I’ve often blogged about the Horner Bible Reading Plan and modifications to it. At the core is a genre-based reading system in which one reads one or two chapters from each of several lists each day.  Such a plan usually includes anywhere from 6 to 12 lists, and each list has a certain number of Bible books; each list represents a different genre, such as the Pentateuch, history, prophets, literature, gospel, NT epistles, and so forth.  In this way one is always reading a small portion from each of the different parts of the Bible.  The Horner Ten List plan is the most well-known one, announced a few years ago by Professor Grant Horner.  In such a plan, for the first day one reads the first one or two chapters from list 1, then one or two chapters from list 2, and so forth through all the lists. The next day, read the next chapters for each list, and so on until you reach the end of the list.

For most genre plans, the lists are of different lengths, so that one list will be finished while still reading through the other lists. When you finish the end of one list, you start back at the beginning of that same list. The result is an infinite possibility of different reading “combinations” each day, that you’re never reading the exact same set of Bible chapters from day to day.  Currently I follow an 8-list, 12-13 chapters genre plan, the result of various modifications made to the original Horner 10 List Plan, which I began in early 2009.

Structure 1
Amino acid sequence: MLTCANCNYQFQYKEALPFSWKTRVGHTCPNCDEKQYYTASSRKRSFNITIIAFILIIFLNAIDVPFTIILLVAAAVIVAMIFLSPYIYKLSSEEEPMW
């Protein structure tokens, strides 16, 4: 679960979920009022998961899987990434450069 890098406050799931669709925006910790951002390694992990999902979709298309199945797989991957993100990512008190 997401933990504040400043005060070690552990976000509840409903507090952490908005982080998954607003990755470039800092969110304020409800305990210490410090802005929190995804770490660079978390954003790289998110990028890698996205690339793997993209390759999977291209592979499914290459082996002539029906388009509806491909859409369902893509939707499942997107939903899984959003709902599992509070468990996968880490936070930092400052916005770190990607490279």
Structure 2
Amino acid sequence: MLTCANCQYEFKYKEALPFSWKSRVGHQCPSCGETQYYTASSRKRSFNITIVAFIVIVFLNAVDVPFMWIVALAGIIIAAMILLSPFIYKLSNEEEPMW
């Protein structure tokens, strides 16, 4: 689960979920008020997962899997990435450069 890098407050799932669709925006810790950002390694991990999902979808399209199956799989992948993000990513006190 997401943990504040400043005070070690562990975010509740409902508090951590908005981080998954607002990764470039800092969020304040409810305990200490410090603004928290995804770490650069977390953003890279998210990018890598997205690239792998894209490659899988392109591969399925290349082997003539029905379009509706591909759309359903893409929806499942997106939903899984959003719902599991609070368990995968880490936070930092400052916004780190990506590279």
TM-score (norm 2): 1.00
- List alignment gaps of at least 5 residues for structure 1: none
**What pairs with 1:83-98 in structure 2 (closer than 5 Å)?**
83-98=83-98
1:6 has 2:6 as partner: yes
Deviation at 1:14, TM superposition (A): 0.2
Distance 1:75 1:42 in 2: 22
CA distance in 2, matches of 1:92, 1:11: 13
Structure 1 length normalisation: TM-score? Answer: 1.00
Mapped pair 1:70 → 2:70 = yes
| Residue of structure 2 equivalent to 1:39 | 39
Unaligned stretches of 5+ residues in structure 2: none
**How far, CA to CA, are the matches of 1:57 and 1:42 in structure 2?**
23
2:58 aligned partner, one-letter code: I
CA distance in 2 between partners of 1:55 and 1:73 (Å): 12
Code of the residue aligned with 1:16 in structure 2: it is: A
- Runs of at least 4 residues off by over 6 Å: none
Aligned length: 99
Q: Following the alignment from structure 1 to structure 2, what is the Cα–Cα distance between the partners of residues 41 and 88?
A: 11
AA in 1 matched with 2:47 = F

In early 2011 I created and read through a “90 day genre reading” plan to complete the Bible in 90 days: not the usual 90 day plan of going straight through from Genesis to Revelation, but a set of 9 lists for the different genres.

The genre plan is easy to follow and modify, and it’s fun to come up with different reading lists.  On the facebook genre Bible reading group, a few others are reading with the 90 day genre plan — and coming up with their own modifications to that, such as to have fewer lists (six total) and more chapters, in some cases three chapters at a time.